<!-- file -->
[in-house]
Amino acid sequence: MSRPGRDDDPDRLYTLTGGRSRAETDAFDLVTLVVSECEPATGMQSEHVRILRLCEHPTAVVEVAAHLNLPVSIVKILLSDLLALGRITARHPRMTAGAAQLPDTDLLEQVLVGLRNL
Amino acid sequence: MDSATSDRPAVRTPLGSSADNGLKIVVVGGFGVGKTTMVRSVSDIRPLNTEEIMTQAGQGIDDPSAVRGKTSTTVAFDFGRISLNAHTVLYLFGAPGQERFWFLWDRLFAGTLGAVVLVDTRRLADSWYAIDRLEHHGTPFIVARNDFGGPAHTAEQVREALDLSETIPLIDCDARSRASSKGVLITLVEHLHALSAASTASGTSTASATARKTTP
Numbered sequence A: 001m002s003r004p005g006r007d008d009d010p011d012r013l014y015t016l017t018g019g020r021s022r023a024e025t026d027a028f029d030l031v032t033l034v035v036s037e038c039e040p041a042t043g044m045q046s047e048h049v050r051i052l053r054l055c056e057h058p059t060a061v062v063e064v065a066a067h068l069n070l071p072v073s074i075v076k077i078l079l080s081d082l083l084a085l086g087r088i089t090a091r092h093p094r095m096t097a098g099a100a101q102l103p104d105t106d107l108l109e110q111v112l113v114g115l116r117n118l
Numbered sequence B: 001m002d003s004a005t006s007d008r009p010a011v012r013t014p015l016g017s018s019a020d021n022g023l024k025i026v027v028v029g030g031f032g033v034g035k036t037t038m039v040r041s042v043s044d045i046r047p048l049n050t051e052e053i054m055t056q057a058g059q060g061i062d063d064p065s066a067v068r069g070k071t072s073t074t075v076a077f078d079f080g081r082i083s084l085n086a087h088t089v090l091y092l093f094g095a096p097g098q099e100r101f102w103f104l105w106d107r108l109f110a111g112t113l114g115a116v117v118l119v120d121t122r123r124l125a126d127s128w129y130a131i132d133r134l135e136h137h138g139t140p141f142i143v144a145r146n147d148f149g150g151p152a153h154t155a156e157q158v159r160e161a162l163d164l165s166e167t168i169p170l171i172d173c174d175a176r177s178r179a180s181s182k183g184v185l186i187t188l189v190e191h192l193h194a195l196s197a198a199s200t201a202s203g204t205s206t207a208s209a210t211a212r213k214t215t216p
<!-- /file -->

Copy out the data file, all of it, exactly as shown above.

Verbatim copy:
[in-house]
Amino acid sequence: MSRPGRDDDPDRLYTLTGGRSRAETDAFDLVTLVVSECEPATGMQSEHVRILRLCEHPTAVVEVAAHLNLPVSIVKILLSDLLALGRITARHPRMTAGAAQLPDTDLLEQVLVGLRNL
Amino acid sequence: MDSATSDRPAVRTPLGSSADNGLKIVVVGGFGVGKTTMVRSVSDIRPLNTEEIMTQAGQGIDDPSAVRGKTSTTVAFDFGRISLNAHTVLYLFGAPGQERFWFLWDRLFAGTLGAVVLVDTRRLADSWYAIDRLEHHGTPFIVARNDFGGPAHTAEQVREALDLSETIPLIDCDARSRASSKGVLITLVEHLHALSAASTASGTSTASATARKTTP
Numbered sequence A: 001m002s003r004p005g006r007d008d009d010p011d012r013l014y015t016l017t018g019g020r021s022r023a024e025t026d027a028f029d030l031v032t033l034v035v036s037e038c039e040p041a042t043g044m045q046s047e048h049v050r051i052l053r054l055c056e057h058p059t060a061v062v063e064v065a066a067h068l069n070l071p072v073s074i075v076k077i078l079l080s081d082l083l084a085l086g087r088i089t090a091r092h093p094r095m096t097a098g099a100a101q102l103p104d105t106d107l108l109e110q111v112l113v114g115l116r117n118l
Numbered sequence B: 001m002d003s004a005t006s007d008r009p010a011v012r013t014p015l016g017s018s019a020d021n022g023l024k025i026v027v028v029g030g031f032g033v034g035k036t037t038m039v040r041s042v043s044d045i046r047p048l049n050t051e052e053i054m055t056q057a058g059q060g061i062d063d064p065s066a067v068r069g070k071t072s073t074t075v076a077f078d079f080g081r082i083s084l085n086a087h088t089v090l091y092l093f094g095a096p097g098q099e100r101f102w103f104l105w106d107r108l109f110a111g112t113l114g115a116v117v118l119v120d121t122r123r124l125a126d127s128w129y130a131i132d133r134l135e136h137h138g139t140p141f142i143v144a145r146n147d148f149g150g151p152a153h154t155a156e157q158v159r160e161a162l163d164l165s166e167t168i169p170l171i172d173c174d175a176r177s178r179a180s181s182k183g184v185l186i187t188l189v190e191h192l193h194a195l196s197a198a199s200t201a202s203g204t205s206t207a208s209a210t211a212r213k214t215t216p